Radio doesn’t mean much to the millennial generation in that the Internet has stolen younger listeners with tailorable music – but in the 40’s through the 90’s radio was King. But it wasn’t until 1949 that black folks owned their own station, and prior to the mid 60’s black radio was confined to only daytime, operating from sunup to sunset on AM bands at low power. Black Music radio was largely missing post sunset in most of the country, as the local white owned station only played music by white musicians. The low power limitation meant that black station reach was decidedly limited, typically no more than 20-30 miles of an urban center. AM Radio bounced off the stratosphere, and at night you could hear radio from cities sometimes over a thousand miles away, So called “Bandit” stations (not operating with FCC licenses) were popular at night as they played exciting new music that never made the top 40 stations. The development of FM Radio, and the Civil Rights Movement eradicated this form of discrimination as black stations rushed to go FM and get free of he “Daytime” limitation.
My father and I looked at buying a low power AM Station in the early 60’s which had been owned by whites. I was still a youngster, but my various grass cutting and handyman jobs had netted me a decent chunk of money to make the down payment, and a local black owned bank was amenable (with my father’s signature as I was only 13) to loan the $5,000 necessary. The price of Daytime AM Stations went though the floor due to the anticipated emergence of FM.And like the Internet where the value of a property is based on the number of eyes who visit a site, the value of a radio station is based on the coverage market in “ears” listening. So Urban stations are vastly more valuable. The issue was the “Community Service” clause in the FCC regulations. Black folks were fairly thin on the ground in my suburban area – so the FCC rejected our application because they felt a black owned station wouldn’t be serving the predominately white community. Took another shot in the early 70’s at buying an FM Station – but by that time they had become expensive properties (@ $3 m) beyond my means to raise enough money to do.
But in the 1950s, that little brick building reverberated with the messages of the Rev. Martin Luther King Jr. and other civil rights leaders.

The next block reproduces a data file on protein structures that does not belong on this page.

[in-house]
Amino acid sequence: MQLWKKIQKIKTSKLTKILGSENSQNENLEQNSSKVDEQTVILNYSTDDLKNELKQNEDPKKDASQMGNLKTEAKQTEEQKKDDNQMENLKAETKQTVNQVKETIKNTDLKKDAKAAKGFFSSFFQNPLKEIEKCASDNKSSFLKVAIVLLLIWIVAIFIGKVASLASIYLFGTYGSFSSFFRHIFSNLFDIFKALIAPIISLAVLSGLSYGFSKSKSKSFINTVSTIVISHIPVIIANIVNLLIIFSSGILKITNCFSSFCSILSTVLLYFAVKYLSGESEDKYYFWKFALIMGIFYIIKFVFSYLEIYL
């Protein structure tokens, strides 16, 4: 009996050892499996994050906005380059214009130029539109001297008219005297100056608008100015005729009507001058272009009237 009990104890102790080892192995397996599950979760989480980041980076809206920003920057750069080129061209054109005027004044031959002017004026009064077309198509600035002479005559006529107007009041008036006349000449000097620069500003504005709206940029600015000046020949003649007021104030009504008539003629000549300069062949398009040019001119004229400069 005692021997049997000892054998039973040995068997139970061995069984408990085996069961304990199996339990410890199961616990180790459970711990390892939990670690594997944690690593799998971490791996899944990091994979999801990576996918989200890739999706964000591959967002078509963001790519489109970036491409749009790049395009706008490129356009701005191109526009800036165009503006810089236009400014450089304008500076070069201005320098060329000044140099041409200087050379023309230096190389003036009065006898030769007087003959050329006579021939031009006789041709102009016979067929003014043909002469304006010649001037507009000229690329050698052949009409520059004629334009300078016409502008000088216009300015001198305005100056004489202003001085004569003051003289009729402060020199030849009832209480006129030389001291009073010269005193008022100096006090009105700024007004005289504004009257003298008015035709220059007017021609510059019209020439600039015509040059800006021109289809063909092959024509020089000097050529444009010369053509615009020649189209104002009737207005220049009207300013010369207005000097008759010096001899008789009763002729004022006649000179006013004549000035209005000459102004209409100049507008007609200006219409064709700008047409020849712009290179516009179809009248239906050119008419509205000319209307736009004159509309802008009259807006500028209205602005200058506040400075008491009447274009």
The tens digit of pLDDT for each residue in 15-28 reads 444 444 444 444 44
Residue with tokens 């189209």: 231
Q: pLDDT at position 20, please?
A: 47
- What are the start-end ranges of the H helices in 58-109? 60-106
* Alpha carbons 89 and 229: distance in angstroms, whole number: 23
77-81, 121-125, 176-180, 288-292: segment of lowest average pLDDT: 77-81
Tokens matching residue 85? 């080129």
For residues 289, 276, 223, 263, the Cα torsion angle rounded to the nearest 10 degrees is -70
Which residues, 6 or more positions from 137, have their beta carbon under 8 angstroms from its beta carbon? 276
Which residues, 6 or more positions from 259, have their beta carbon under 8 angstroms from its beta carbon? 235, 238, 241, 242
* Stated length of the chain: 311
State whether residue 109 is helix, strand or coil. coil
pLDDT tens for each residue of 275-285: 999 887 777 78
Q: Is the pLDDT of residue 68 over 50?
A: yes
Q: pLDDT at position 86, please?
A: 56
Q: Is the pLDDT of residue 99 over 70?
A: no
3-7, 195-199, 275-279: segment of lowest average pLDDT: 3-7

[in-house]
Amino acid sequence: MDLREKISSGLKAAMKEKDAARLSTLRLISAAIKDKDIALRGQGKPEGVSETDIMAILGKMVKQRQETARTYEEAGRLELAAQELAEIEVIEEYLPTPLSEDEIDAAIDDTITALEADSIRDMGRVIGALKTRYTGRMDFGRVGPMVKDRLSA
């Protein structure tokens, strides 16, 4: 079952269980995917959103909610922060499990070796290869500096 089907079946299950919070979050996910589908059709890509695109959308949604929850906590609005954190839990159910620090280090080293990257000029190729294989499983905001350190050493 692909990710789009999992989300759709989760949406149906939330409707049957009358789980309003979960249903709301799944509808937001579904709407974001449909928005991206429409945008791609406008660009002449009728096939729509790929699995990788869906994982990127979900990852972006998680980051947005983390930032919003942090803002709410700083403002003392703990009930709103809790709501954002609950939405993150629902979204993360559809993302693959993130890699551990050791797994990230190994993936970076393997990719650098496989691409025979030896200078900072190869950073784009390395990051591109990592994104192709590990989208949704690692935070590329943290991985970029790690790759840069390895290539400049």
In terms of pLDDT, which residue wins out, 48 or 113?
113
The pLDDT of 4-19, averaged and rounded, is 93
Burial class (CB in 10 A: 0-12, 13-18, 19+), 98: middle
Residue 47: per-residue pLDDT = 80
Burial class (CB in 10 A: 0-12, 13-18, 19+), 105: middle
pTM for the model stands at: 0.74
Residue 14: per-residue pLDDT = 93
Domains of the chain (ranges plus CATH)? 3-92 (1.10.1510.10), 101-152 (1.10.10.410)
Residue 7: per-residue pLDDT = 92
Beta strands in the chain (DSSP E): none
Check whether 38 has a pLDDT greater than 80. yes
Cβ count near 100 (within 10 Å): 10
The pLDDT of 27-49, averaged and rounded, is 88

The building was home to the first black-owned radio station in the United States — WERD — and it was the medium that King used to broadcast his Sunday sermons then, later, announcements of his civil rights marches. The station was a fixture of Atlanta’s African-American community. It offered a rare public venue for black jazz and blues performers during the Jim Crow era, and amplified the voices of King and other African-American leaders as they encouraged black citizens to vote.
In the decades that followed the tumultuous 1950s and ’60, the building that had been WERD went through the incarnations of any professional building in a changing city, finally serving its community as a hair salon during the 1980s and ’90s. That — a hair salon — was what hairdresser Ricci de Forest thought he was getting when he signed a lease in 2004.
What he knew, though, was that it was not just any hair salon; it was one of only two “Madam C.J. Walker” hair salons left in the country. Named for an African-American beauty pioneer who made a fortune from licensing her salon chain and selling beauty products in the early 20th century, the salon and the building housing it had the appeal of that historical niche.
“I wanted to attach her legacy to my business,” says history buff de Forest.
It wasn’t until about two years later that he discovered his new salon had a much broader and deeper place in African-American history, as the birthplace of WERD and as the amplifier of King’s words to a community and to a nation.
The discovery was met with a sense of jubilation mixed with disappointment. De Forest didn’t understand why the space hadn’t been preserved in the years before he came to Atlanta from Cleveland.
“The burden of the responsibility hit me like a sucker punch. This is a heavy responsibility,” he says.